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  10. Debra Satz (2007). Equality, Adequacy, and Education for Citizenship. Ethics 117 (4):623-648.
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  11. Debra Satz (2007). Liberalism, Economic Freedom, and the Limits of Markets. Social Philosophy and Policy 24 (1):120-140.
    This paper points to a lost and ignored strand of argument in the writings of liberalism's earliest defenders. These “classical” liberals recognized that market liberty was not always compatible with individual liberty. In particular, they argued that labor markets required intervention and regulation if workers were not to be wholly subjugated to the power of their employers. Functioning capitalist labor markets (along with functioning credit markets) are not “natural” outgrowths of exchange, but achievements hard won in the battle against feudalism. (...)
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  12. Debra Satz (2005). What Do We Owe the Global Poor? Ethics and International Affairs 19 (1):47–54.
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  13. Debra Satz (2003). International Economic Justice. In LaFollette H. (ed.), The Oxford Handbook of Practical Ethics. Oxford University Press.
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  14. Debra Satz (1996). Book Review:Moral Dilemmas of Feminism: Prostitution, Adultery and Abortion. Laurie Shrage. [REVIEW] Ethics 106 (4):864-.
  15. Anita L. Allen, Sandra Lee Bartky, John Christman, Judith Wagner DeCew, Edward Johnson, Lenore Kuo, Mary Briody Mahowald, Kathryn Pauly Morgan, Melinda Roberts, Debra Satz, Susan Sherwin, Anita Superson, Mary Anne Warren & Susan Wendell (1995). 'Nagging' Questions: Feminist Ethics in Everyday Life. Rowman & Littlefield Publishers.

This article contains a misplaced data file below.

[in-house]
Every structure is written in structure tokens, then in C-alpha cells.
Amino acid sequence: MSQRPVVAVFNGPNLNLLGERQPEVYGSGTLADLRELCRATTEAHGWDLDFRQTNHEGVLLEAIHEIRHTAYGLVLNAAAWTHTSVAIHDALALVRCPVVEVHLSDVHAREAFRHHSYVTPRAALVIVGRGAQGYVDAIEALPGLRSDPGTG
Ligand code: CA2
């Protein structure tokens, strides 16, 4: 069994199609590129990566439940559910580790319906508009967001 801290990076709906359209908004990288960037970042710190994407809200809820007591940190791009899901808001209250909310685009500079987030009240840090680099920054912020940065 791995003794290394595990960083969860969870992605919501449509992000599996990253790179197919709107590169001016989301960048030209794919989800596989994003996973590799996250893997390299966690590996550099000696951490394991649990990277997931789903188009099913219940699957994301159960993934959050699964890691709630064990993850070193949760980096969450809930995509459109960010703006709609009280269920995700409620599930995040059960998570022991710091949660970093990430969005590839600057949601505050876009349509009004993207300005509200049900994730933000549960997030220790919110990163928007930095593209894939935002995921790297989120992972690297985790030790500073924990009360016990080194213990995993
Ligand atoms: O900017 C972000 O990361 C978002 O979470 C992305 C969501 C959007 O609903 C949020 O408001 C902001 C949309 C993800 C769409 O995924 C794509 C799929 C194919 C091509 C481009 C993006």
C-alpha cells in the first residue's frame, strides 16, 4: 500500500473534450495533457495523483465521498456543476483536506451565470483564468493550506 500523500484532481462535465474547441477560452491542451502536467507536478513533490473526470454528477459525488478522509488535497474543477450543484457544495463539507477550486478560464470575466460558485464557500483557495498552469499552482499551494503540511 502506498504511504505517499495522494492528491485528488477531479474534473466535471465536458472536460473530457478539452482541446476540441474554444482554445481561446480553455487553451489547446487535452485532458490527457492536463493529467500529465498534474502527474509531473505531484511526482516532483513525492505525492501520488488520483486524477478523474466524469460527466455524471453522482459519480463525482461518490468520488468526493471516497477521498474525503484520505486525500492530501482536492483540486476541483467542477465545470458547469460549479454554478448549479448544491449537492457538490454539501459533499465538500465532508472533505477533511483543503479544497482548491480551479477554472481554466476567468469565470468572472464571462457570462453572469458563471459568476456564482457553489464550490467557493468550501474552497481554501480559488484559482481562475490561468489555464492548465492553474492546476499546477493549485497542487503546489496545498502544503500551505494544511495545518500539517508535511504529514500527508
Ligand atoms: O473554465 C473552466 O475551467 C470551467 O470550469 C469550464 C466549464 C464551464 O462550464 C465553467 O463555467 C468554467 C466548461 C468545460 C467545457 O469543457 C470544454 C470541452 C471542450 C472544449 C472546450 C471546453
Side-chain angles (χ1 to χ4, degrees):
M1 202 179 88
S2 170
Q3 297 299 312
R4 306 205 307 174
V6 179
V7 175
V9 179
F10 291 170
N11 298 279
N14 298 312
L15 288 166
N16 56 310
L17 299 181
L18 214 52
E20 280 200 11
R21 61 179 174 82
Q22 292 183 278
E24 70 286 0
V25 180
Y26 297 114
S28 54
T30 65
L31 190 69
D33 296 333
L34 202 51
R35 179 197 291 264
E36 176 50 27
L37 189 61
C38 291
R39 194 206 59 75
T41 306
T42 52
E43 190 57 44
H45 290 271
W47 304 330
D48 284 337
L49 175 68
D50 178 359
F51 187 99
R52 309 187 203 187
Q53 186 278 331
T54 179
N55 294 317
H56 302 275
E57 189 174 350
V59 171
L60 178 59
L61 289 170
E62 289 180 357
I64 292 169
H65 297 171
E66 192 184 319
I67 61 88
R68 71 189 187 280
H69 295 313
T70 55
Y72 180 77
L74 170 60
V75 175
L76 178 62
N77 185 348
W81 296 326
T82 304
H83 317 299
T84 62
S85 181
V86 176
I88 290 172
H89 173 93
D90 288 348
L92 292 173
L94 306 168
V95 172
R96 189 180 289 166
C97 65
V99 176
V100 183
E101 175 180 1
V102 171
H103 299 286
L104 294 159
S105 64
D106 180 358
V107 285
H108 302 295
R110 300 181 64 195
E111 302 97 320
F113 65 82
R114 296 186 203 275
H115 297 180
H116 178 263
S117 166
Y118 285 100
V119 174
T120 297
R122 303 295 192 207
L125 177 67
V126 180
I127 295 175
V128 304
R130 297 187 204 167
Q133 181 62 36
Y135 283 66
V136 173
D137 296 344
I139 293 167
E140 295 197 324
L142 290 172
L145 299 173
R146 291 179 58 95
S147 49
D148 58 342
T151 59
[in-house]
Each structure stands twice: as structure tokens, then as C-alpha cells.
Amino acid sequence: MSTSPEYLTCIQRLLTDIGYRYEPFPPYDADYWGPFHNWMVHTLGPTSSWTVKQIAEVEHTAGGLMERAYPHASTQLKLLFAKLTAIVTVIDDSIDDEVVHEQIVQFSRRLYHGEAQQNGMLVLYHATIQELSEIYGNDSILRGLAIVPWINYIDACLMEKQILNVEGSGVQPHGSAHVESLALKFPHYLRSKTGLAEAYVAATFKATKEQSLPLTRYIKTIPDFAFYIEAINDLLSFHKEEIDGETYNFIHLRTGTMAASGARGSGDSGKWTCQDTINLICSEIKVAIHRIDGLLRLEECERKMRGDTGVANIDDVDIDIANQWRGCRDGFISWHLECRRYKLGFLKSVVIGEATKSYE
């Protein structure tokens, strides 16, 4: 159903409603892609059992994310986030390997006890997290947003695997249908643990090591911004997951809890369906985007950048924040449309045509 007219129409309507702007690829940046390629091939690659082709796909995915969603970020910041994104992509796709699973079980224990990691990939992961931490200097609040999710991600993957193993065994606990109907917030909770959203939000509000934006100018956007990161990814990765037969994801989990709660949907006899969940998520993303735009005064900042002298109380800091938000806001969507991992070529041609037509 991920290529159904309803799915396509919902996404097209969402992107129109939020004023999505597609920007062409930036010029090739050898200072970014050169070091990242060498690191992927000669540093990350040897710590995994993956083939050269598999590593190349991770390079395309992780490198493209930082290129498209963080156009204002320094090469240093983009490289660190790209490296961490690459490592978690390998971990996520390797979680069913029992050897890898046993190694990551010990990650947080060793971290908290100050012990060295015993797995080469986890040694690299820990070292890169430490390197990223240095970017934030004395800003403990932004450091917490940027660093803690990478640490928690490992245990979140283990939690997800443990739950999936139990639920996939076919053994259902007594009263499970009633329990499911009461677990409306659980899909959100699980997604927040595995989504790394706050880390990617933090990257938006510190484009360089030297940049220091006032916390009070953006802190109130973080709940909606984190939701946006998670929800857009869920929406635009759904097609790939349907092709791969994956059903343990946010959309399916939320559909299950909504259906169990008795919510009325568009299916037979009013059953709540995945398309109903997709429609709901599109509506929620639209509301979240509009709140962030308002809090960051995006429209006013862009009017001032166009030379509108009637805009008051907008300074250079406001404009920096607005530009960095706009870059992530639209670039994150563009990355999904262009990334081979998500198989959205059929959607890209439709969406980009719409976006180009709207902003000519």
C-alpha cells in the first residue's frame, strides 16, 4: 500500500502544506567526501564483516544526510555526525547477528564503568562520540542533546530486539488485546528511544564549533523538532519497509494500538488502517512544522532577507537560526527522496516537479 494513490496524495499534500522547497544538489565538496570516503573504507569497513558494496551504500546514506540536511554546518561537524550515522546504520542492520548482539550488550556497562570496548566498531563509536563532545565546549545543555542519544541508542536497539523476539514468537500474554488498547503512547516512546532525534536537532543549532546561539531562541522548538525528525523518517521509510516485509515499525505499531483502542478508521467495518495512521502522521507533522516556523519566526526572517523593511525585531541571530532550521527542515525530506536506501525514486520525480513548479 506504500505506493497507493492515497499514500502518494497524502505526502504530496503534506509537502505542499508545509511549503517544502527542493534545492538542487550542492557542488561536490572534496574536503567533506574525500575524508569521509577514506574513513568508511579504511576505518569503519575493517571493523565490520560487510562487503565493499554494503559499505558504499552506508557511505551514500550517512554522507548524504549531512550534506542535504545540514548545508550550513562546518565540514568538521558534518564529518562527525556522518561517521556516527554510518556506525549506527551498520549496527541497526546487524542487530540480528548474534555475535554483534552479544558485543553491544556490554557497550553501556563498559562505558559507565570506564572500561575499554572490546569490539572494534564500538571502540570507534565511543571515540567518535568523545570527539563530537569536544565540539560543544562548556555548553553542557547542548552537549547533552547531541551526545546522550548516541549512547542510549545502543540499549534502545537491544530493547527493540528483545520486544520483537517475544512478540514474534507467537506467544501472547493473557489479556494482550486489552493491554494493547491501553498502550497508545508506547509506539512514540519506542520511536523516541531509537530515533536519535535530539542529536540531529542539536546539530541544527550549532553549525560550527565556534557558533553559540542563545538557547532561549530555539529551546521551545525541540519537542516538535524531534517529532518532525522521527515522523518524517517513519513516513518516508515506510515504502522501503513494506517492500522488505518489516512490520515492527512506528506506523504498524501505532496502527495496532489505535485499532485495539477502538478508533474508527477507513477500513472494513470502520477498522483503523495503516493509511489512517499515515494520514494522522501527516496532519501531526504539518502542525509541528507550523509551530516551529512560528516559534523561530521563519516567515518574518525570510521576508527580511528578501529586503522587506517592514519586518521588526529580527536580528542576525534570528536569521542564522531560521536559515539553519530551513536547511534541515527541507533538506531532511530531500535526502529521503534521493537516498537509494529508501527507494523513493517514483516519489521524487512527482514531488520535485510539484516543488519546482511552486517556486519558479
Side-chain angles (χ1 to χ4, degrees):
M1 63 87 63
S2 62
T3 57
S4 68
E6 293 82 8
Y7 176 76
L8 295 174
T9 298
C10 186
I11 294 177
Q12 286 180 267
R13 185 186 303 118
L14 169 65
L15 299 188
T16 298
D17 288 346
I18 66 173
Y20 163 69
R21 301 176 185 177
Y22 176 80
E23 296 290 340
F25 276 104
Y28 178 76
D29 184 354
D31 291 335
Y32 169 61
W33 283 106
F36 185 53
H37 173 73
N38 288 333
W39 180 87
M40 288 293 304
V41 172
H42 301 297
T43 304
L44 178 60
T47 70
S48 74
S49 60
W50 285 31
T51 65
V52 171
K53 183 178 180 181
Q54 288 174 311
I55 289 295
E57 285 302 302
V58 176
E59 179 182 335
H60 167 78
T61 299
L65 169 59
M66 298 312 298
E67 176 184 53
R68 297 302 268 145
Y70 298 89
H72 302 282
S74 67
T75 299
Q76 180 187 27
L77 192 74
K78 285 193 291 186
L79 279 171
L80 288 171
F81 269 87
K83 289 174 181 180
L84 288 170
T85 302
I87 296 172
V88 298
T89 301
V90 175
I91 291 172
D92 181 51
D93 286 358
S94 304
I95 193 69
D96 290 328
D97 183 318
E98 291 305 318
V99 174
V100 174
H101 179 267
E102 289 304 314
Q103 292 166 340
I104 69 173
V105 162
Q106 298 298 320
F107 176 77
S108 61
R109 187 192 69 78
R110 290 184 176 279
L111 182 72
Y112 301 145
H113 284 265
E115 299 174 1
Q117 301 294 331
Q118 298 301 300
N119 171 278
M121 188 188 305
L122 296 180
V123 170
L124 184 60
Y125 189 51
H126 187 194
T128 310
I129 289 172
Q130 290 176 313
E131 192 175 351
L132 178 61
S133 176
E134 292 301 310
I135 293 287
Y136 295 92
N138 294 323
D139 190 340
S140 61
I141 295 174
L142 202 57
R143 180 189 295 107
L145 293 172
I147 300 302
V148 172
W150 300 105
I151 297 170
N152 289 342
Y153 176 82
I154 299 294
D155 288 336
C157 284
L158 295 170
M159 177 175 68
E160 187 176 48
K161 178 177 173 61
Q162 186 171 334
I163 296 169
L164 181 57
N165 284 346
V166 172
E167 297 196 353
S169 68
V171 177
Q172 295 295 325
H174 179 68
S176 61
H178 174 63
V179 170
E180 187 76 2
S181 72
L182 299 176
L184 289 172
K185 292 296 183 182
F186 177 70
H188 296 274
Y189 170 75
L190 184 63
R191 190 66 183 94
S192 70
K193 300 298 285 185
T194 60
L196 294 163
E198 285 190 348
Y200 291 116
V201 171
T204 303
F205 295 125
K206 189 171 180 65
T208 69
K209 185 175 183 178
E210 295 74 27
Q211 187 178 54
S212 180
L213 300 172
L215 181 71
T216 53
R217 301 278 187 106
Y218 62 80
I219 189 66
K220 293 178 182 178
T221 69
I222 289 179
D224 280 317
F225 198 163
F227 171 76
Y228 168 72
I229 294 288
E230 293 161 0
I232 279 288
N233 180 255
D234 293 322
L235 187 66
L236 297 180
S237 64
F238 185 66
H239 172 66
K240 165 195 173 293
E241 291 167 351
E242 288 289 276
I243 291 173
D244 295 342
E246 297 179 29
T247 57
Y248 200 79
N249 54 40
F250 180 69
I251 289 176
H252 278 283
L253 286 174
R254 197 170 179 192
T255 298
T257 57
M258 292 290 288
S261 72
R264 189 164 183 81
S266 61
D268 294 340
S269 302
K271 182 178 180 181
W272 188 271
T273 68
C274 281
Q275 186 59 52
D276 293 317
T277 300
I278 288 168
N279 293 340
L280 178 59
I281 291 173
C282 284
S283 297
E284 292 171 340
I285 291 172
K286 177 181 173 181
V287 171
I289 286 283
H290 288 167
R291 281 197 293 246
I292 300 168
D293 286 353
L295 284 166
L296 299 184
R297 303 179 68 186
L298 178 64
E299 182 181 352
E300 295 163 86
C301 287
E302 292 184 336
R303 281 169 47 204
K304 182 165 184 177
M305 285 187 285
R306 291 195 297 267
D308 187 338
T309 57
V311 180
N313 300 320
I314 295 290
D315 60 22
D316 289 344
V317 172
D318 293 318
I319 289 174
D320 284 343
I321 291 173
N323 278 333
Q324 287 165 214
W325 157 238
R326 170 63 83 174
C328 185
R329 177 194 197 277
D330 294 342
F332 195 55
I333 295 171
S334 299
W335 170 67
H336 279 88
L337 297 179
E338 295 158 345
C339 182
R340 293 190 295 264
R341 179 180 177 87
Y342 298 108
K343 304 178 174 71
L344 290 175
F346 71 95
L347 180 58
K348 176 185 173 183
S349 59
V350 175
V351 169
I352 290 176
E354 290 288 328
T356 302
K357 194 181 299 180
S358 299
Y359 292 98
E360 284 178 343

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  16. John Ferejohn & Debra Satz (1995). Unification, Universalism, and Rational Choice Theory. Critical Review 9 (1-2):71-84.
    Green and Shapiro's critique of rational choice theory underestimates the value of unification and the necessity of universalism in science. The central place of intentionality in social life makes both unification and universalism feasible norms in social science. However, ?universalism? in social science may be partial, in that the independence hypothesis?that the causal mechanism governing action is context independent?may hold only locally in certain classes of choice domains.
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  17. Debra Satz (1995). Markets in Women's Sexual Labor. Ethics 106 (1):63-85.
  18. Debra Satz & John Ferejohn (1994). Rational Choice and Social Theory. Journal of Philosophy 91 (2):71-87.
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  19. Debra Satz (1992). Markets in Women's Reproductive Labor. Philosophy and Public Affairs 21 (2):107-131.
  20. Debra Satz (1990). Free to Lose: An Introduction to Marxist Economic Philosophy, John Roemer. Cambridge: Harvard University Press, 1988, X + 203 Pages. [REVIEW] Economics and Philosophy 6 (02):315-.
  21. Debra Satz (1990). Marxism, Materialism and Historical Progress. Canadian Journal of Philosophy 15 (sup1):393-424.